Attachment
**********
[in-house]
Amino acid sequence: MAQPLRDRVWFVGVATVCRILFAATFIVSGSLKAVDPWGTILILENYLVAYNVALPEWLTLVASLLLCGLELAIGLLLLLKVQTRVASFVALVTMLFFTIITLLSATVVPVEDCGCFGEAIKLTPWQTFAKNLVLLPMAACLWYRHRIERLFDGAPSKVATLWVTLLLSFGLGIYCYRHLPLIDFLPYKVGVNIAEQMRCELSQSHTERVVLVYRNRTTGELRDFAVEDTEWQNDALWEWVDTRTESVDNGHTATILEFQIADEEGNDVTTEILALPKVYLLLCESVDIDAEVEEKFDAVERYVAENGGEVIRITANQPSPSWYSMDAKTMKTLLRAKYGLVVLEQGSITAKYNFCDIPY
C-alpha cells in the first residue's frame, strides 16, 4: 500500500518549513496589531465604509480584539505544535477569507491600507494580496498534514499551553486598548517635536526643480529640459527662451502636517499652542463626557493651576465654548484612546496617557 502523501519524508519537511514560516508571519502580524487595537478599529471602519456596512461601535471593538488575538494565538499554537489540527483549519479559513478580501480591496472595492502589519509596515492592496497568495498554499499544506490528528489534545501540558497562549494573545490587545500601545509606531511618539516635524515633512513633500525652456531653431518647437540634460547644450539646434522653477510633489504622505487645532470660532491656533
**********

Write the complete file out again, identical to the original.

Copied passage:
[in-house]
Amino acid sequence: MAQPLRDRVWFVGVATVCRILFAATFIVSGSLKAVDPWGTILILENYLVAYNVALPEWLTLVASLLLCGLELAIGLLLLLKVQTRVASFVALVTMLFFTIITLLSATVVPVEDCGCFGEAIKLTPWQTFAKNLVLLPMAACLWYRHRIERLFDGAPSKVATLWVTLLLSFGLGIYCYRHLPLIDFLPYKVGVNIAEQMRCELSQSHTERVVLVYRNRTTGELRDFAVEDTEWQNDALWEWVDTRTESVDNGHTATILEFQIADEEGNDVTTEILALPKVYLLLCESVDIDAEVEEKFDAVERYVAENGGEVIRITANQPSPSWYSMDAKTMKTLLRAKYGLVVLEQGSITAKYNFCDIPY
C-alpha cells in the first residue's frame, strides 16, 4: 500500500518549513496589531465604509480584539505544535477569507491600507494580496498534514499551553486598548517635536526643480529640459527662451502636517499652542463626557493651576465654548484612546496617557 502523501519524508519537511514560516508571519502580524487595537478599529471602519456596512461601535471593538488575538494565538499554537489540527483549519479559513478580501480591496472595492502589519509596515492592496497568495498554499499544506490528528489534545501540558497562549494573545490587545500601545509606531511618539516635524515633512513633500525652456531653431518647437540634460547644450539646434522653477510633489504622505487645532470660532491656533